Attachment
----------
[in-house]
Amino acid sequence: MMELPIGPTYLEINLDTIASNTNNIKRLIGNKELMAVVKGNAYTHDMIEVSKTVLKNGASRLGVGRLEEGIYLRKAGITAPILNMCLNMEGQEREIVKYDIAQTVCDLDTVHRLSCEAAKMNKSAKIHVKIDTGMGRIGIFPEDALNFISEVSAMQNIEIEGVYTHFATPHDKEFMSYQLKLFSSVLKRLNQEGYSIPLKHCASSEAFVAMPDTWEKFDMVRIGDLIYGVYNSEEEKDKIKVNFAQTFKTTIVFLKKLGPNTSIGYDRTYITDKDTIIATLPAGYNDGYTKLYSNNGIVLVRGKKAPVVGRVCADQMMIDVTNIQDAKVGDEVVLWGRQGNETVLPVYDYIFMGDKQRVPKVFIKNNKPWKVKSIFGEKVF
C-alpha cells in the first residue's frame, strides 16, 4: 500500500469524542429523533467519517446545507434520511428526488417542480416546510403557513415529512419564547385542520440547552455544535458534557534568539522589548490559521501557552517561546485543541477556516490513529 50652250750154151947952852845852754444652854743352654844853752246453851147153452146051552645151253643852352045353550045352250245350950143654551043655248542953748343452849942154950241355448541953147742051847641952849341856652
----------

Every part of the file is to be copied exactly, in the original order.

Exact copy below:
[in-house]
Amino acid sequence: MMELPIGPTYLEINLDTIASNTNNIKRLIGNKELMAVVKGNAYTHDMIEVSKTVLKNGASRLGVGRLEEGIYLRKAGITAPILNMCLNMEGQEREIVKYDIAQTVCDLDTVHRLSCEAAKMNKSAKIHVKIDTGMGRIGIFPEDALNFISEVSAMQNIEIEGVYTHFATPHDKEFMSYQLKLFSSVLKRLNQEGYSIPLKHCASSEAFVAMPDTWEKFDMVRIGDLIYGVYNSEEEKDKIKVNFAQTFKTTIVFLKKLGPNTSIGYDRTYITDKDTIIATLPAGYNDGYTKLYSNNGIVLVRGKKAPVVGRVCADQMMIDVTNIQDAKVGDEVVLWGRQGNETVLPVYDYIFMGDKQRVPKVFIKNNKPWKVKSIFGEKVF
C-alpha cells in the first residue's frame, strides 16, 4: 500500500469524542429523533467519517446545507434520511428526488417542480416546510403557513415529512419564547385542520440547552455544535458534557534568539522589548490559521501557552517561546485543541477556516490513529 50652250750154151947952852845852754444652854743352654844853752246453851147153452146051552645151253643852352045353550045352250245350950143654551043655248542953748343452849942154950241355448541953147742051847641952849341856652